• An Italian couple is under investigation after authorities say they performed a home circumcision on their 5-month-old son, causing the boy’s death.  The boy, whose parents are of Ghanian origin, was in critical condition when he was taken Friday night to a hospital in Scandiano in the province of Reggio Emilia, Italy’s ANSA news agency reported. He died overnight. >> Read more trending news This weekend’s death is not the first of a child who underwent an illegal circumcision in Italy. The BBC reported that a 2-year-old boy bled to death in December after undergoing a failed circumcision at a migrant center in the Roman suburb of Monterotondo.  The boy’s twin brother underwent the same surgery but survived after a stint in the intensive care unit.  In the December case, a 66-year-old man was charged with murder in the toddler’s death, the BBC reported.  The 2-year-old and his brother were born in Italy, but their parents were from Nigeria, according to the BBC. The man charged with killing the boy is an American of Libyan heritage.  The BBC reported that circumcision is unavailable in public health institutions. Italy’s Roman Catholic majority does not practice circumcision, but many of the country’s Muslim immigrants do.  Private clinics will perform the procedure, but the surgery can be costly. There are people willing to circumcise children for a fraction of the cost, the news agency reported.  In the December case, the procedure was performed at a refugee center run by the Monterotondo council and nonprofit group Arci. Arci officials condemned the incident in a Facebook post, in which they said in 2018, there should be “no sorcerers and midwives.” “The Monterotondo tragedy leaves the whole of Arci, starting with our Arci workers in Rome, sorrowful and upset,” the post read, as translated from Italian. One commenter argued for a near-complete ban on circumcision.   “Circumcision should be considered a sexual mutilation, apart from the few cases in which it is appropriate for medical reasons, and therefore prohibited and punished if practiced,” the woman, Claudia Lanzi, wrote.  Another woman, Barbara Pilati, asked how it is mutilation if it causes no damage. “It is made to children who cannot express their opinion,” Lanzi responded.  ANSA reported that between 4,000 and 5,000 immigrant children undergo circumcisions in Italy each year. About 35 percent of those procedures are done illegally.  Yassine Lafram, who heads the Bologna area’s Islamic community, condemned the fatal procedure on the infant Monday. “We learn of the terrible news of the death of a 5-month-old baby following an illegal circumcision with dismay,” Lafram told ANSA. “It’s a death that could certainly have been avoided and pains us deeply.”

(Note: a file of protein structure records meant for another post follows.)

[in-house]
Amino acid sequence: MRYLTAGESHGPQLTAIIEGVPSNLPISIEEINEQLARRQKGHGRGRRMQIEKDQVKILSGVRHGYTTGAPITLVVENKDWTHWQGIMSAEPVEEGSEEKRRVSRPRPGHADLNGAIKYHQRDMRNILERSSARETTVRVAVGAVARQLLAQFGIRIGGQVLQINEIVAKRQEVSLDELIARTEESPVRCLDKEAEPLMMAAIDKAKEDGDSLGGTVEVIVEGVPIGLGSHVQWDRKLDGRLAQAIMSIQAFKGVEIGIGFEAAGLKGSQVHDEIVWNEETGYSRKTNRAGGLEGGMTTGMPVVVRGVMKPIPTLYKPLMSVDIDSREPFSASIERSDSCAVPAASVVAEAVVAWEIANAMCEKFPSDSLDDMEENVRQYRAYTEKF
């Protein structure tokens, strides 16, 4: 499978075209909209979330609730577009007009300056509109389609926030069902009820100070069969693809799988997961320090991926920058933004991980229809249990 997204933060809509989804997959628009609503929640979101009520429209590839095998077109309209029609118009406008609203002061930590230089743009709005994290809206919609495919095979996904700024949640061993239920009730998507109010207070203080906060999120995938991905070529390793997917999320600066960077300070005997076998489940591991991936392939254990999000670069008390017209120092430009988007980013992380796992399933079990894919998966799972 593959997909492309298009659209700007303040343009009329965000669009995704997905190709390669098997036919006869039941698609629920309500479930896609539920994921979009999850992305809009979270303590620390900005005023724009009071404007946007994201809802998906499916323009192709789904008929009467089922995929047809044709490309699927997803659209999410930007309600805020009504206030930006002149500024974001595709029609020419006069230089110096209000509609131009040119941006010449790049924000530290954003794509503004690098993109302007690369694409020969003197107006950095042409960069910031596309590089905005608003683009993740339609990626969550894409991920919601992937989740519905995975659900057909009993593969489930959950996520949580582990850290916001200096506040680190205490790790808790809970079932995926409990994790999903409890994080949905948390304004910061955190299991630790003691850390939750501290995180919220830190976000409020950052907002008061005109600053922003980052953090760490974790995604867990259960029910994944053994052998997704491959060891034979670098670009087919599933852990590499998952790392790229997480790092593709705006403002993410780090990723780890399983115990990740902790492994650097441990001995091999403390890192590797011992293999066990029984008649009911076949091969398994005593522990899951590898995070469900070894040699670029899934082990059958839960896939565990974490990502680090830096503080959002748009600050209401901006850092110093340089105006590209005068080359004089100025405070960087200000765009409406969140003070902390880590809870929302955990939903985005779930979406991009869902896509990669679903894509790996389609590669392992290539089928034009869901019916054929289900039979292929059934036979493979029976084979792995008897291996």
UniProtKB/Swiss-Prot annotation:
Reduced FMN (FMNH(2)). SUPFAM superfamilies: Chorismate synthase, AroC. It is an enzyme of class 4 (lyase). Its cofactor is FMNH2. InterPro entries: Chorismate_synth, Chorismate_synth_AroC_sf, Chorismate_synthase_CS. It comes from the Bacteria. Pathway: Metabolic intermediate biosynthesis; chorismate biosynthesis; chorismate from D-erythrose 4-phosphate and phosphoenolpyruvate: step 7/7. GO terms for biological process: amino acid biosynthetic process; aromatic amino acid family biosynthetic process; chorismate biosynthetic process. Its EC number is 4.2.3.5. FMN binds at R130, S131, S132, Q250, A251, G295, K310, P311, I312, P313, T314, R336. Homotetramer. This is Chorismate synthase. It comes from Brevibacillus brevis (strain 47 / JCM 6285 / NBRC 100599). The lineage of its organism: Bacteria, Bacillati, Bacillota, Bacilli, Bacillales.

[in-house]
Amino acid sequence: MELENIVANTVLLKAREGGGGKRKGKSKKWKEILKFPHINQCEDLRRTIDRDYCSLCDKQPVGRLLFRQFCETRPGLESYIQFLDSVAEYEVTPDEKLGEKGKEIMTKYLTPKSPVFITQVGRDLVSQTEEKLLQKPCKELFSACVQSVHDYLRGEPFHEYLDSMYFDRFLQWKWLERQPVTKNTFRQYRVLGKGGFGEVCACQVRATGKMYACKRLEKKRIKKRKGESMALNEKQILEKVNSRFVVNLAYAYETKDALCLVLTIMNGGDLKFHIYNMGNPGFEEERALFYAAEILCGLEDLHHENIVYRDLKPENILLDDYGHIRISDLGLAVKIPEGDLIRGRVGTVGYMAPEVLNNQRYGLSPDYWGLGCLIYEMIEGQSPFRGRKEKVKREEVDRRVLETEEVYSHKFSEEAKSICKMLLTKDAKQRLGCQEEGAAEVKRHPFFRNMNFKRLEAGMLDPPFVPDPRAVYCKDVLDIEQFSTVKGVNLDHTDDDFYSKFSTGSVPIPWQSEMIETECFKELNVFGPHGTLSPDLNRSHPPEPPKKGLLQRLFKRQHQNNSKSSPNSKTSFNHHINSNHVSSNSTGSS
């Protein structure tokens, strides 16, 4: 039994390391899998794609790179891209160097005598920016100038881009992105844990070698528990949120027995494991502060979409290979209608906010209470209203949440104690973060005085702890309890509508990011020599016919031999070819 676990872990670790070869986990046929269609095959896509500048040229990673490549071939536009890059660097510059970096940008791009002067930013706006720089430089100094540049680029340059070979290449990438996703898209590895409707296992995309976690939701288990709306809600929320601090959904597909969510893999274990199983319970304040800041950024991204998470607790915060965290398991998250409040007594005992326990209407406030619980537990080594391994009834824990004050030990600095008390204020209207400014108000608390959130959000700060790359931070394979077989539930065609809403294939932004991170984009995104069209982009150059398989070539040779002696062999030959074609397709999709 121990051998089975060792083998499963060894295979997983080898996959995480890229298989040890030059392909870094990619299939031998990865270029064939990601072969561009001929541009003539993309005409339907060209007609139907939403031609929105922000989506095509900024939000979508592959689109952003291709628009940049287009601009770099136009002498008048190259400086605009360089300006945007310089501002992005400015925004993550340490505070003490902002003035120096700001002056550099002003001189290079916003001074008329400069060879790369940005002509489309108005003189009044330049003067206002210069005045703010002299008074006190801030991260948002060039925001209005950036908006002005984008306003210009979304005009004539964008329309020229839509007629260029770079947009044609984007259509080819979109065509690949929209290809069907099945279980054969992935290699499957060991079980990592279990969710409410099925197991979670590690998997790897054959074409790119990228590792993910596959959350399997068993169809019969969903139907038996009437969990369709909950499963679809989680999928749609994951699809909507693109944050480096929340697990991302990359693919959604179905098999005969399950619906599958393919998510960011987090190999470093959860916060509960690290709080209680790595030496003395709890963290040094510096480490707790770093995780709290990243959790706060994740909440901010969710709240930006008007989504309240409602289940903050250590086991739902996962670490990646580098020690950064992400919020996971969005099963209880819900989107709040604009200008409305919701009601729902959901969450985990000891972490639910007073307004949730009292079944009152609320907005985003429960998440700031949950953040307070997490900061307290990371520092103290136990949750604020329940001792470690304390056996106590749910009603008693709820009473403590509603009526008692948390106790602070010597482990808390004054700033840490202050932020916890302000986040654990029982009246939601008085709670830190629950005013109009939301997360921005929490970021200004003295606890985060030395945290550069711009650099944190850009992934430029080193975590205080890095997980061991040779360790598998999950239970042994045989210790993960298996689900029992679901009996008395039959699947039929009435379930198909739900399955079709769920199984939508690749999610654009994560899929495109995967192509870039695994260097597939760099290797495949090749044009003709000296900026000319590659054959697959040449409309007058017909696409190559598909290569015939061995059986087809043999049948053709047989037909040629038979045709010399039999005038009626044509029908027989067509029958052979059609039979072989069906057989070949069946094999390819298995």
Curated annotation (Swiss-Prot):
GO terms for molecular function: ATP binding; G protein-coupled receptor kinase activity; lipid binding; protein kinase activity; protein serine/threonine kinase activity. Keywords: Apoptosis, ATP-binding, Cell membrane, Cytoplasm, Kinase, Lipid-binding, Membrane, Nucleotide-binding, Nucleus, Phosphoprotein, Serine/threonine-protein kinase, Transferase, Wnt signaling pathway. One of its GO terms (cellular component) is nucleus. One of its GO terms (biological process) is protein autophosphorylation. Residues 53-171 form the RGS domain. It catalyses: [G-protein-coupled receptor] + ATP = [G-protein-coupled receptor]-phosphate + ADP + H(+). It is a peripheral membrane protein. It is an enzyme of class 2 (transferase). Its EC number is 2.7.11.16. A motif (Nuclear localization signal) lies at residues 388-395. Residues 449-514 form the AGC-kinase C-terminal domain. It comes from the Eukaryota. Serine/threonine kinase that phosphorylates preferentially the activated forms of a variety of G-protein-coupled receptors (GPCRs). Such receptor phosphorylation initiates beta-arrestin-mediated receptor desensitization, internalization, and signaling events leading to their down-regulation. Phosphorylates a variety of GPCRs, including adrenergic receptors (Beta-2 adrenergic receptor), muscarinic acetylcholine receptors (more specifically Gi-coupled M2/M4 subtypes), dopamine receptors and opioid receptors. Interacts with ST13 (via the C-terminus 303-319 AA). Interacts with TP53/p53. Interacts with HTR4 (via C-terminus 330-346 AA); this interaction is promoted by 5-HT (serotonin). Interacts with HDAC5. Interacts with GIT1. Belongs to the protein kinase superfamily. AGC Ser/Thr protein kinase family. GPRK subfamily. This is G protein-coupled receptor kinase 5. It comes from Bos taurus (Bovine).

• Police opened an investigation Monday into a deadly officer-involved shooting in north Charlotte. >> Read more trending news Charlotte-Mecklenburg police Chief Kerr Putney told WSOC-TV that officers responded just after 9 a.m. to the Burger King on Beatties Ford Road, near Interstate 85.  Dozens of police cruisers could be seen surrounding the fast-food restaurant, which was roped off with crime scene tape. Putney said officers responded to a call about an armed man at the business. The man gave employees an uneasy feeling, Putney said, so they called police. When officers arrived, they spotted the man outside the Burger King, according to Putney. Authorities said the man was still armed when officers arrived, and they repeatedly ordered him to drop the weapon. Putney said an officer felt there was a lethal threat and shot the man at least once. He was taken to a hospital, where he was pronounced dead. His name has not been released. A witness told WSOC-TV the armed man had gotten into an argument with an employee inside the restaurant and that another man intervened and was assaulted by the suspect. Police have not confirmed that witness's account. Police said no officers were hurt. The shooting remains under investigation, and no other details have been released.